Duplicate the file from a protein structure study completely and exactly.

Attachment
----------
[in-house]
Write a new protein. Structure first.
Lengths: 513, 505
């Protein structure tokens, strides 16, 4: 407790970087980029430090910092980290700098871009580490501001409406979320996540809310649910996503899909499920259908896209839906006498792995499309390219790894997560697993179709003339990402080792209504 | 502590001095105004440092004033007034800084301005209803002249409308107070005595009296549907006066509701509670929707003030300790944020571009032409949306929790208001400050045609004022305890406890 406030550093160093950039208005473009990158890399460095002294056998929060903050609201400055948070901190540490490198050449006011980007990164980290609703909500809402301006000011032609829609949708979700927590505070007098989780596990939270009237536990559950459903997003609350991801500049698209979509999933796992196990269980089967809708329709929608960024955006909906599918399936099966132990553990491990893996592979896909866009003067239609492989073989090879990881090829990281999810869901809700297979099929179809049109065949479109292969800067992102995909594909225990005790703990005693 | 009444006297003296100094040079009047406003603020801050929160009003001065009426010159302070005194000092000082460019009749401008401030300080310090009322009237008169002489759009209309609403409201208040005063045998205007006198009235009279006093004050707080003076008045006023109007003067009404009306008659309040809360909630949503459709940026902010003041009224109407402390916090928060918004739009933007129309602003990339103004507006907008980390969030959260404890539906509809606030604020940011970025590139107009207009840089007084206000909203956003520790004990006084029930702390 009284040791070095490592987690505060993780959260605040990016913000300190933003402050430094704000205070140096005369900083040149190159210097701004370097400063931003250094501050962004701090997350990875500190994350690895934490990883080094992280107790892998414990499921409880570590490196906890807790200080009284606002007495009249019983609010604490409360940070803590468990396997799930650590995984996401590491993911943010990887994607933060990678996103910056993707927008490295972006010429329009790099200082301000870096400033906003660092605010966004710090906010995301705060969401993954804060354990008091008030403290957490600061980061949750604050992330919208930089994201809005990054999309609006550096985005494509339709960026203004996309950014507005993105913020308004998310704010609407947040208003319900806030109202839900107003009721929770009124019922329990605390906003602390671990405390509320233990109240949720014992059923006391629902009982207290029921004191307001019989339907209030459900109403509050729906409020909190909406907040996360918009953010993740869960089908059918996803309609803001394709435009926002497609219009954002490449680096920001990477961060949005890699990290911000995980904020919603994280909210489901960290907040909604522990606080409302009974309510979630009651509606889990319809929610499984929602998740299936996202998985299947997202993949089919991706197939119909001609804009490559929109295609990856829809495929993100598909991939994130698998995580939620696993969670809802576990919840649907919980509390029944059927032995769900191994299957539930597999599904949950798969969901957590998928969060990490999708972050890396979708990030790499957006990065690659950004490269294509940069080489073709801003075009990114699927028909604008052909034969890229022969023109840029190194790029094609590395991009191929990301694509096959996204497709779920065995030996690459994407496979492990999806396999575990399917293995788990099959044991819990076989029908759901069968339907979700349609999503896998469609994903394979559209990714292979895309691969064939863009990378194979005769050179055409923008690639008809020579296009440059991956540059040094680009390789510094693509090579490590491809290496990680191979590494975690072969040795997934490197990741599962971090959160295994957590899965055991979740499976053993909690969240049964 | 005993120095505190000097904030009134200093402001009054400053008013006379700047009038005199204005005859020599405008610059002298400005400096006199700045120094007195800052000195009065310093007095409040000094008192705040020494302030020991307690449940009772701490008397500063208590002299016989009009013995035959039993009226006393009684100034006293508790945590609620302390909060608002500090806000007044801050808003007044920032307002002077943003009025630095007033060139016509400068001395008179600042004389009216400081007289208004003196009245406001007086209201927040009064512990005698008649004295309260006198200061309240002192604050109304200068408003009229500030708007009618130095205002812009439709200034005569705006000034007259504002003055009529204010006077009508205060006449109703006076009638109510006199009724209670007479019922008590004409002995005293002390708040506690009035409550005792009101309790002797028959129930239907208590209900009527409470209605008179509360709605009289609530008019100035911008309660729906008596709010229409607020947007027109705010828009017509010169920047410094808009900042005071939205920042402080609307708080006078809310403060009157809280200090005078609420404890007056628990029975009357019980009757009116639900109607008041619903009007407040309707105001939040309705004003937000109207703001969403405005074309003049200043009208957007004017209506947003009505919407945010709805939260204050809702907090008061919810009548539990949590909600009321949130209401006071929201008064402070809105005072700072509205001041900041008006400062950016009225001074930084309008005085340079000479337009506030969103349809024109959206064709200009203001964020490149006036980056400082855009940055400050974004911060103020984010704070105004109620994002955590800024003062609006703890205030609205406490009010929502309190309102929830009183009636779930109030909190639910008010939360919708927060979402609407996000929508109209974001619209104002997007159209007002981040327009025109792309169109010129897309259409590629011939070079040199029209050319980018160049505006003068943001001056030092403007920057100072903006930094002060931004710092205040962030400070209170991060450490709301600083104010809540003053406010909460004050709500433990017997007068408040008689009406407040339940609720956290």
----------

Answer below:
[in-house]
Write a new protein. Structure first.
Lengths: 513, 505
């Protein structure tokens, strides 16, 4: 407790970087980029430090910092980290700098871009580490501001409406979320996540809310649910996503899909499920259908896209839906006498792995499309390219790894997560697993179709003339990402080792209504 | 502590001095105004440092004033007034800084301005209803002249409308107070005595009296549907006066509701509670929707003030300790944020571009032409949306929790208001400050045609004022305890406890 406030550093160093950039208005473009990158890399460095002294056998929060903050609201400055948070901190540490490198050449006011980007990164980290609703909500809402301006000011032609829609949708979700927590505070007098989780596990939270009237536990559950459903997003609350991801500049698209979509999933796992196990269980089967809708329709929608960024955006909906599918399936099966132990553990491990893996592979896909866009003067239609492989073989090879990881090829990281999810869901809700297979099929179809049109065949479109292969800067992102995909594909225990005790703990005693 | 009444006297003296100094040079009047406003603020801050929160009003001065009426010159302070005194000092000082460019009749401008401030300080310090009322009237008169002489759009209309609403409201208040005063045998205007006198009235009279006093004050707080003076008045006023109007003067009404009306008659309040809360909630949503459709940026902010003041009224109407402390916090928060918004739009933007129309602003990339103004507006907008980390969030959260404890539906509809606030604020940011970025590139107009207009840089007084206000909203956003520790004990006084029930702390 009284040791070095490592987690505060993780959260605040990016913000300190933003402050430094704000205070140096005369900083040149190159210097701004370097400063931003250094501050962004701090997350990875500190994350690895934490990883080094992280107790892998414990499921409880570590490196906890807790200080009284606002007495009249019983609010604490409360940070803590468990396997799930650590995984996401590491993911943010990887994607933060990678996103910056993707927008490295972006010429329009790099200082301000870096400033906003660092605010966004710090906010995301705060969401993954804060354990008091008030403290957490600061980061949750604050992330919208930089994201809005990054999309609006550096985005494509339709960026203004996309950014507005993105913020308004998310704010609407947040208003319900806030109202839900107003009721929770009124019922329990605390906003602390671990405390509320233990109240949720014992059923006391629902009982207290029921004191307001019989339907209030459900109403509050729906409020909190909406907040996360918009953010993740869960089908059918996803309609803001394709435009926002497609219009954002490449680096920001990477961060949005890699990290911000995980904020919603994280909210489901960290907040909604522990606080409302009974309510979630009651509606889990319809929610499984929602998740299936996202998985299947997202993949089919991706197939119909001609804009490559929109295609990856829809495929993100598909991939994130698998995580939620696993969670809802576990919840649907919980509390029944059927032995769900191994299957539930597999599904949950798969969901957590998928969060990490999708972050890396979708990030790499957006990065690659950004490269294509940069080489073709801003075009990114699927028909604008052909034969890229022969023109840029190194790029094609590395991009191929990301694509096959996204497709779920065995030996690459994407496979492990999806396999575990399917293995788990099959044991819990076989029908759901069968339907979700349609999503896998469609994903394979559209990714292979895309691969064939863009990378194979005769050179055409923008690639008809020579296009440059991956540059040094680009390789510094693509090579490590491809290496990680191979590494975690072969040795997934490197990741599962971090959160295994957590899965055991979740499976053993909690969240049964 | 005993120095505190000097904030009134200093402001009054400053008013006379700047009038005199204005005859020599405008610059002298400005400096006199700045120094007195800052000195009065310093007095409040000094008192705040020494302030020991307690449940009772701490008397500063208590002299016989009009013995035959039993009226006393009684100034006293508790945590609620302390909060608002500090806000007044801050808003007044920032307002002077943003009025630095007033060139016509400068001395008179600042004389009216400081007289208004003196009245406001007086209201927040009064512990005698008649004295309260006198200061309240002192604050109304200068408003009229500030708007009618130095205002812009439709200034005569705006000034007259504002003055009529204010006077009508205060006449109703006076009638109510006199009724209670007479019922008590004409002995005293002390708040506690009035409550005792009101309790002797028959129930239907208590209900009527409470209605008179509360709605009289609530008019100035911008309660729906008596709010229409607020947007027109705010828009017509010169920047410094808009900042005071939205920042402080609307708080006078809310403060009157809280200090005078609420404890007056628990029975009357019980009757009116639900109607008041619903009007407040309707105001939040309705004003937000109207703001969403405005074309003049200043009208957007004017209506947003009505919407945010709805939260204050809702907090008061919810009548539990949590909600009321949130209401006071929201008064402070809105005072700072509205001041900041008006400062950016009225001074930084309008005085340079000479337009506030969103349809024109959206064709200009203001964020490149006036980056400082855009940055400050974004911060103020984010704070105004109620994002955590800024003062609006703890205030609205406490009010929502309190309102929830009183009636779930109030909190639910008010939360919708927060979402609407996000929508109209974001619209104002997007159209007002981040327009025109792309169109010129897309259409590629011939070079040199029209050319980018160049505006003068943001001056030092403007920057100072903006930094002060931004710092205040962030400070209170991060450490709301600083104010809540003053406010909460004050709500433990017997007068408040008689009406407040339940609720956290």